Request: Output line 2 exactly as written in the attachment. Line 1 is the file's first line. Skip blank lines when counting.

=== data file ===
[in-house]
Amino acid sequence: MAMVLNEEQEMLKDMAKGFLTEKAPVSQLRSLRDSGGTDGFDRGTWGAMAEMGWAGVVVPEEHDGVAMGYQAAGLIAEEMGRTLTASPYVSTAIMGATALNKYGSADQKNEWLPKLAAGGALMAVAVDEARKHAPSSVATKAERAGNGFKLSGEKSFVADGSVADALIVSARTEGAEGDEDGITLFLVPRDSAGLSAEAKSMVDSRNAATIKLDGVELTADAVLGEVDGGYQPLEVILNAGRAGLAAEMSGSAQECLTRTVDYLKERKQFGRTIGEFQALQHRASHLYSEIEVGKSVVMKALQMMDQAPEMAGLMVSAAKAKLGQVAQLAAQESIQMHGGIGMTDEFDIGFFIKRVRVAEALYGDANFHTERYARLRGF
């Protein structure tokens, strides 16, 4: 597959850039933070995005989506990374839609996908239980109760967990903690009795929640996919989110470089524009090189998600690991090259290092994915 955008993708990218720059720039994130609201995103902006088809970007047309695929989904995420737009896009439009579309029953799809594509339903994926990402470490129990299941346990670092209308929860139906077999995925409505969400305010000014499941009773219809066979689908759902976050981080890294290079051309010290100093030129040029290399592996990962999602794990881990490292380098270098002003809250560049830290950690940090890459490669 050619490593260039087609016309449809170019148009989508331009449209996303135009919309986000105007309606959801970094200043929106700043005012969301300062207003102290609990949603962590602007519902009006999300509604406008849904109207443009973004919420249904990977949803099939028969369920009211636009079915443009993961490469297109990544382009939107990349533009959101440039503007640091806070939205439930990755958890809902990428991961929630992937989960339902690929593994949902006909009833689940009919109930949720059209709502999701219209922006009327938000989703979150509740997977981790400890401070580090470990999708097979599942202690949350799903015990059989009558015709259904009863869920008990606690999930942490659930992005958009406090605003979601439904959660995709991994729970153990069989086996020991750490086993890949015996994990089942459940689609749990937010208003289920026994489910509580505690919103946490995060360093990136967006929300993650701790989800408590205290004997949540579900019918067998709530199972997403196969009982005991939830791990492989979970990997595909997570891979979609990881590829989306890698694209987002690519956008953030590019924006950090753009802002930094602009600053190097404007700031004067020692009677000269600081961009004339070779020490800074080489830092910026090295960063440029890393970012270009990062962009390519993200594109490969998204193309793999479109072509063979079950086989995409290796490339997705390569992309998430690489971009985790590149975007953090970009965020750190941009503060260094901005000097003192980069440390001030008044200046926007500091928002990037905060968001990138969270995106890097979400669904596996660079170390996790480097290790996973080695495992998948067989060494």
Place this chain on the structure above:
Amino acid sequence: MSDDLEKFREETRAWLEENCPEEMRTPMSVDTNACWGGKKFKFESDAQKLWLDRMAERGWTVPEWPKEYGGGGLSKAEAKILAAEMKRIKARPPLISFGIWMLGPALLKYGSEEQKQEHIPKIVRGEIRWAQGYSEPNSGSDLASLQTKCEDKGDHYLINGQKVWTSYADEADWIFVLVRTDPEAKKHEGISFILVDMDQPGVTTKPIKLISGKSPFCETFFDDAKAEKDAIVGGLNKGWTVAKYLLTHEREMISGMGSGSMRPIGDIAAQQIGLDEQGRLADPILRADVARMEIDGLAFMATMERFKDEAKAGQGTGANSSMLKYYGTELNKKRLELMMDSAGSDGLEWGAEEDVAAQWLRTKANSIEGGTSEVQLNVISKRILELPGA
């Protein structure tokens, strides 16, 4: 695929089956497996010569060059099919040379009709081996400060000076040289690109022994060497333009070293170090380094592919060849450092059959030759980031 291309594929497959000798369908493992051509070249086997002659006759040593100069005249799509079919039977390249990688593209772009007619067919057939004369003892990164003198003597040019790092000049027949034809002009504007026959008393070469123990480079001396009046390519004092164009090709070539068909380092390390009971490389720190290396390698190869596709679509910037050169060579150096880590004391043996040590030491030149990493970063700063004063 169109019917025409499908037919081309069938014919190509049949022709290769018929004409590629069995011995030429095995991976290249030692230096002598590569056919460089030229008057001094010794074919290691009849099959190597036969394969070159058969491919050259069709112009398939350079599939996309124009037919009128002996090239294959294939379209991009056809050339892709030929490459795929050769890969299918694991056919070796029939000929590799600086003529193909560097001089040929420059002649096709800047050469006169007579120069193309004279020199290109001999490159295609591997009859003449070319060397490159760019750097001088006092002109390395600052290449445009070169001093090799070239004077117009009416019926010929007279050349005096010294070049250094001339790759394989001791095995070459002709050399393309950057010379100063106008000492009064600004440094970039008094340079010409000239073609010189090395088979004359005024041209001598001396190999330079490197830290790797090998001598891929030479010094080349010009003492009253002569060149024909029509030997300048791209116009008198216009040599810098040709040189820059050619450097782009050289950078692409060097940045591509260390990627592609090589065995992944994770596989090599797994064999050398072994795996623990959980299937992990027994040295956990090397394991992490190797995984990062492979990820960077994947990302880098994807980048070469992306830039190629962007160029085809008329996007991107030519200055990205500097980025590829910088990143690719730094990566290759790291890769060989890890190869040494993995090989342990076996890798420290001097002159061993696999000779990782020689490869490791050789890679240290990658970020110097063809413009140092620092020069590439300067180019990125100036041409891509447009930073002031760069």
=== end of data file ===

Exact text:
Amino acid sequence: MAMVLNEEQEMLKDMAKGFLTEKAPVSQLRSLRDSGGTDGFDRGTWGAMAEMGWAGVVVPEEHDGVAMGYQAAGLIAEEMGRTLTASPYVSTAIMGATALNKYGSADQKNEWLPKLAAGGALMAVAVDEARKHAPSSVATKAERAGNGFKLSGEKSFVADGSVADALIVSARTEGAEGDEDGITLFLVPRDSAGLSAEAKSMVDSRNAATIKLDGVELTADAVLGEVDGGYQPLEVILNAGRAGLAAEMSGSAQECLTRTVDYLKERKQFGRTIGEFQALQHRASHLYSEIEVGKSVVMKALQMMDQAPEMAGLMVSAAKAKLGQVAQLAAQESIQMHGGIGMTDEFDIGFFIKRVRVAEALYGDANFHTERYARLRGF